Beadwork combines business with friendship

Terrio, Rudesill use Indigenous crafting techniques from thousands of years ago
By: 
Lynn Zaffrann
Correspondent

Using the centuries-old art of Native American beading, Jennifer Terrio and Colleen Rudesill have built both a thriving crafting business and a close friendship.

Their crafting partnership is called Best Budz Beads. They are great friends, and their friendship seems to have blossomed along with their love of beading.

Terrio, of Keshena, and Rudesill, of Gresham, both learned to bead in the same ways that have been passed down from generation to generation over thousands of years.

Terrio learned beading from a cousin, when she was about 12 years old.

“She started showing me how to bead. Through the years, I went to classes in Bowler and they showed me things, as well,” Terrio said.

She noted that she wasn’t as good back then, but that, even now, it takes continued practice to be able to bead.

“For me, it’s therapy. I enjoy it; I bead until I can’t bead no more,” Terrio said.

According to Rudesill, her collaboration with Terrio started around 2014. Having gone to the same school and known each other for years, Rudesill connected with Terrio on Facebook, and the rest is history.

“We always get together, and we call it our little sweatshop,” Terrio said.

Rudesill said that she started beading in school.

“Then, I met my husband,” she said. “His sisters used to bead a lot. They showed me things, too.”

Both of them shared that they have learned so much from other people. They said that other beaders do different work that gives them more techniques to learn and perfect.

Among the resources that help Terrio and Rudesill to continue to improve on their beading knowledge and give them inspiration are various beading sites on Facebook that they have joined.

“You can ask questions about certain stitches,” Rudesill said, “and people help you out.”

They also said that they work so well with each other that they can put their heads together to come up with a solution to any bead work difficulty.

Terrio said that it can take hours and hours to complete a beading project. She mentioned that seeing other beaders’ work at craft shows gives them a chance to learn some easier steps in working on a particular item.

Rudesill said that some of her items are drawn out on paper before the project is started.

“When you first get an order, you need to think about how you’re going to do it, think about the pattern, have to figure out what beads you want to use. There’s just a lot to it,” Rudesill said.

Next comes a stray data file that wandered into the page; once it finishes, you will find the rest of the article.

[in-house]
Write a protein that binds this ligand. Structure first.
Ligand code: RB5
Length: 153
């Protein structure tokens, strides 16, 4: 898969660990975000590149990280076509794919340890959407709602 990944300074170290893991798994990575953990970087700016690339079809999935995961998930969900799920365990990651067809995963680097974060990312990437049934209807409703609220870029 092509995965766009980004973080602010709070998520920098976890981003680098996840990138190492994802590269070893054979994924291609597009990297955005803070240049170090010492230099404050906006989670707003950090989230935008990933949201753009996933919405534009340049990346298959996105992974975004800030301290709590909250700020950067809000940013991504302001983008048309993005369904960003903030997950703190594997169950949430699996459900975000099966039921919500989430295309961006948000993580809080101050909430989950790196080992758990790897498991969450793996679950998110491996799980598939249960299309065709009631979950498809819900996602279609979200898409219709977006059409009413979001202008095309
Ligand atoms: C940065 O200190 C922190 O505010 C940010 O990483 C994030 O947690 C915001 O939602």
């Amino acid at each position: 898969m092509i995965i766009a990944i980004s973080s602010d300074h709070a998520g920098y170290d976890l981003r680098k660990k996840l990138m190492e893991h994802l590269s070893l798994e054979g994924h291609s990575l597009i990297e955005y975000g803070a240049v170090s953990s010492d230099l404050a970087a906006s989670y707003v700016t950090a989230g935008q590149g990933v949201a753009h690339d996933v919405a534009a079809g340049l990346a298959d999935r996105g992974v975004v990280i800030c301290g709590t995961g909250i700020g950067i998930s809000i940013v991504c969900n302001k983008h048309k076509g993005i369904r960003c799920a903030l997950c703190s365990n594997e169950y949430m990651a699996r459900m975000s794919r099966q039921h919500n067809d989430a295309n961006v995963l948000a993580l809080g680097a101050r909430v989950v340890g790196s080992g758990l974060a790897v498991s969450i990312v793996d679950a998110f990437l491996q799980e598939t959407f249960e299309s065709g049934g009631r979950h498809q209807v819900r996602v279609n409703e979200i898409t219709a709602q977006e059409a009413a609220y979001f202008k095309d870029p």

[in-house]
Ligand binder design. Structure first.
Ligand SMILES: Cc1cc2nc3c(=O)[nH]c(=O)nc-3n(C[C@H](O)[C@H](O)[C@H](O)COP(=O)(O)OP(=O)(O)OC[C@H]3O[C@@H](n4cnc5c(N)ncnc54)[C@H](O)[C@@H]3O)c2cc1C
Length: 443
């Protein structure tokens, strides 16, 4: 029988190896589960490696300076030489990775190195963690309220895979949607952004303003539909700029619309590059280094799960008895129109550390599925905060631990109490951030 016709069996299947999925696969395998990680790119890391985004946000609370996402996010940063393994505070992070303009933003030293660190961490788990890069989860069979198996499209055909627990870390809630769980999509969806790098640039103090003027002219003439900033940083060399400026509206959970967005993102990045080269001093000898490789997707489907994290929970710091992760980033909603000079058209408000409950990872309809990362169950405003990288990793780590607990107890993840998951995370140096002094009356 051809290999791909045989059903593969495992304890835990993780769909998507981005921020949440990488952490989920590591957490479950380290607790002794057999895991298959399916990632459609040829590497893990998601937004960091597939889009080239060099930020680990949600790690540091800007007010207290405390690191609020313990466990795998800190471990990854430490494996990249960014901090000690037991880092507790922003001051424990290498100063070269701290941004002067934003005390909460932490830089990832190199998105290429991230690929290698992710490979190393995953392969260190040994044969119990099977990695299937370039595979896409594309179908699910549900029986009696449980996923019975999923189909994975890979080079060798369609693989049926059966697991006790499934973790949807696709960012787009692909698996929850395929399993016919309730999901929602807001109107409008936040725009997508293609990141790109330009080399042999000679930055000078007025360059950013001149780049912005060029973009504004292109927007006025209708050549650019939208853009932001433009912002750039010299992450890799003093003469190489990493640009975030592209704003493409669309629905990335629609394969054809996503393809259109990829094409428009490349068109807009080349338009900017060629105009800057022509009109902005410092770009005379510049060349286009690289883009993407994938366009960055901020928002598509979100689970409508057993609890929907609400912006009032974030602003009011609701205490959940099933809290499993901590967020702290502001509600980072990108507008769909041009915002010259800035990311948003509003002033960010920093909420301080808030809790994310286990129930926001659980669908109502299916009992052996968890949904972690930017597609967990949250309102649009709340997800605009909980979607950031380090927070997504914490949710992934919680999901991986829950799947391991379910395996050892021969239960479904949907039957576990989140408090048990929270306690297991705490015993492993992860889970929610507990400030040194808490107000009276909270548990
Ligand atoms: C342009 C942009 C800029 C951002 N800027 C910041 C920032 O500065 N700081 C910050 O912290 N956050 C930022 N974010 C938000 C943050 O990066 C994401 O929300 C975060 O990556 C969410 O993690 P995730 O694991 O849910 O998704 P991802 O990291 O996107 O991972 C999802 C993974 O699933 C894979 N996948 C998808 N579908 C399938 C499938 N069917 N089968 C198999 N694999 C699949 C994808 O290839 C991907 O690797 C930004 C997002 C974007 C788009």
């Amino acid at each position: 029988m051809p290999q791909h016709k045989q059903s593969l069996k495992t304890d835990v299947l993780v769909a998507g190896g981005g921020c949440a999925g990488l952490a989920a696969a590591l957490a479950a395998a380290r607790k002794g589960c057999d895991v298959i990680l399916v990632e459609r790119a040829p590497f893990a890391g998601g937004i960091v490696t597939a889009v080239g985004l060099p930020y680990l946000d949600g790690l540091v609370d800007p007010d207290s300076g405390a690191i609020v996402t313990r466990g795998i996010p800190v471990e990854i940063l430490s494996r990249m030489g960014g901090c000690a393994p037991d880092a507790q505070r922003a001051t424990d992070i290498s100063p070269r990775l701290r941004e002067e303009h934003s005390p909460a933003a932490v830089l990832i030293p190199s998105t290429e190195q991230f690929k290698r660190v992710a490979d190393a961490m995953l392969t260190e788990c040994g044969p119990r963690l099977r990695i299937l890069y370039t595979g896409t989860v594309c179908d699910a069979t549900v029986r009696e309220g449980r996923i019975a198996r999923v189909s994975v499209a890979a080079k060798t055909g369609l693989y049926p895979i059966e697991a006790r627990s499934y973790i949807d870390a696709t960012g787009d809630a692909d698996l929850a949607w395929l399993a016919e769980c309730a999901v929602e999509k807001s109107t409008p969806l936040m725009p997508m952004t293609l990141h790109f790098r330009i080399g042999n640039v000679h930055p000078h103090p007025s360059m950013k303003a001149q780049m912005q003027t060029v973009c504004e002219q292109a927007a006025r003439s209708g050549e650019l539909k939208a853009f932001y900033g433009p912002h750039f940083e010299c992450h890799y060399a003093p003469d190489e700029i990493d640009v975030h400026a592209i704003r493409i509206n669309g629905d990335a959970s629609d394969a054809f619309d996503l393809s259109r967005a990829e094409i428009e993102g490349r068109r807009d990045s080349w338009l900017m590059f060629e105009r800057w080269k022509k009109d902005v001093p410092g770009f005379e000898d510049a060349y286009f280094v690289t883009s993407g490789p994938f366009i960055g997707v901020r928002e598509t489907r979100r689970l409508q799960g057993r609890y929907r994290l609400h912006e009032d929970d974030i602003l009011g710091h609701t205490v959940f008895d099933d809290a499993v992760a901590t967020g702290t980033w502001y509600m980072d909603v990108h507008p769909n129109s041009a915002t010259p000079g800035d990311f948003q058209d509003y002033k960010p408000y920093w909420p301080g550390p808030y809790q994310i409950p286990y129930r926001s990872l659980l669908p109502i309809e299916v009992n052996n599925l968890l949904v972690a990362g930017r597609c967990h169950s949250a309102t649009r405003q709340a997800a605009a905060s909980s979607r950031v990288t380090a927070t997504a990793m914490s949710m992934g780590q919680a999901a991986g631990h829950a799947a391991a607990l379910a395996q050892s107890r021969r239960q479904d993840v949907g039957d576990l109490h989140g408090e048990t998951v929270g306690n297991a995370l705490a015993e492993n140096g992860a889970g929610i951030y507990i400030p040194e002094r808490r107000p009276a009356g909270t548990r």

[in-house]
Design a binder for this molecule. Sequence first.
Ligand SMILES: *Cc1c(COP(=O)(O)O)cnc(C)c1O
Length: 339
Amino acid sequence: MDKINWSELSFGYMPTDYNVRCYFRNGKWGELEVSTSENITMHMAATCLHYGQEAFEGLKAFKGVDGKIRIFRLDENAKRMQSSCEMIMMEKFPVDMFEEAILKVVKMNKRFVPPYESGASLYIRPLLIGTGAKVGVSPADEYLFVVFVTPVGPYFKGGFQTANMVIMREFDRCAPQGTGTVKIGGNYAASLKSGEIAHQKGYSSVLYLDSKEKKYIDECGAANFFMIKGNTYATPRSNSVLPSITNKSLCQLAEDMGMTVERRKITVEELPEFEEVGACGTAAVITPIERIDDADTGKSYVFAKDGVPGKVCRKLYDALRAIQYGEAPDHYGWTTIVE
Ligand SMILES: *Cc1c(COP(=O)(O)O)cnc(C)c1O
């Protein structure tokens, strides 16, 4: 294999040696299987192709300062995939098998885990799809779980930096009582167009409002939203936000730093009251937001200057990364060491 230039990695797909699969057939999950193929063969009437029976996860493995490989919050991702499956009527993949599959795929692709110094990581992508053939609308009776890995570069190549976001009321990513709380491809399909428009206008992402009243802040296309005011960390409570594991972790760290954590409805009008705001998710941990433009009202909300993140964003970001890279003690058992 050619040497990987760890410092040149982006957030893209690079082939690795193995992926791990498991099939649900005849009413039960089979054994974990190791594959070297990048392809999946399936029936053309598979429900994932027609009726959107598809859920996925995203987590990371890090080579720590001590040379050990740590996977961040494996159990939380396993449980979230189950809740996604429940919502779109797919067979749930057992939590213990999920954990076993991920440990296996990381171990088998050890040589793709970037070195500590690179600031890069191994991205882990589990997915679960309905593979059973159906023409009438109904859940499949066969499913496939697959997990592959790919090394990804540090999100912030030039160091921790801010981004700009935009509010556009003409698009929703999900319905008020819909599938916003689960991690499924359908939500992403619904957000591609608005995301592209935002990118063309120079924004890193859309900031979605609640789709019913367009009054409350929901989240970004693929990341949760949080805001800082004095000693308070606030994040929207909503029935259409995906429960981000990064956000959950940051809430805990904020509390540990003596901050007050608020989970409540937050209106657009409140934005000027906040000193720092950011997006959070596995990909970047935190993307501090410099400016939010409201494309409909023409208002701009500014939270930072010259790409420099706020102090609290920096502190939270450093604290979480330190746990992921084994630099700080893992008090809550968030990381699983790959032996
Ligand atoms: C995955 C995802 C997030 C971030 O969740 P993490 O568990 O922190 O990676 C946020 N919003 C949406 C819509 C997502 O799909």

The Best Budz duo doesn’t work with the wooden or bone beads used thousands of years ago. Rudesill and Terrio often source the beads they use from the NEW Beads and Jewelry Store in Green Bay and Noc Bay Trading Co. online store. They do a lot of ordering online to take advantage of bulk pricing. Another source for beads was secured from someone they met at a craft fair.

Rudesill and Terrio are hard-pressed to identify which of their products is the most popular. Rudesill said that maybe earrings are most popular for her, either post or dangles. She also does a lot of dream catchers and lanyards. Terrio added that they will do whatever people ask for.

Recently, they showed their beading crafts in the Menominee Convention Center in Keshena during the Tribal Career Fair on June 20.

“It was great,” Terrio said. “A lot of nice people came through.”

Terrio and Rudesill also took part in the Winter Market in Keshena and were recognized there, which led to an invitation to participate in the career fair craft show.

The pair are able to fill two long tables, and sometimes more, with the amount and variety of their wares.

They participated in the craft fair at the Art Walk in the Woods in St. Germain on June 8. Rudesill said that they were the only beaders at that fair. They also showed at the St. Germain Flea Market in late May.

“We did pretty good up there,” Rudesill said.

They are scheduled to take part in the Bear River Pow Wow in Lac du Flambeau on July 12-14.

Rudesill mentioned that they have been busier lately.

“I’ve even had some dream catchers shipped to Las Vegas,” Rudesill said.

They are looking toward the future to expand their partnership and considering opening a bead store someday, since there are no local shops.

“Hopefully, someday it’s a reality,” Terrio said. “That is a goal to reach some day. It’s nice to think about.”

For information, they have a Facebook page titled Best Budz Beads.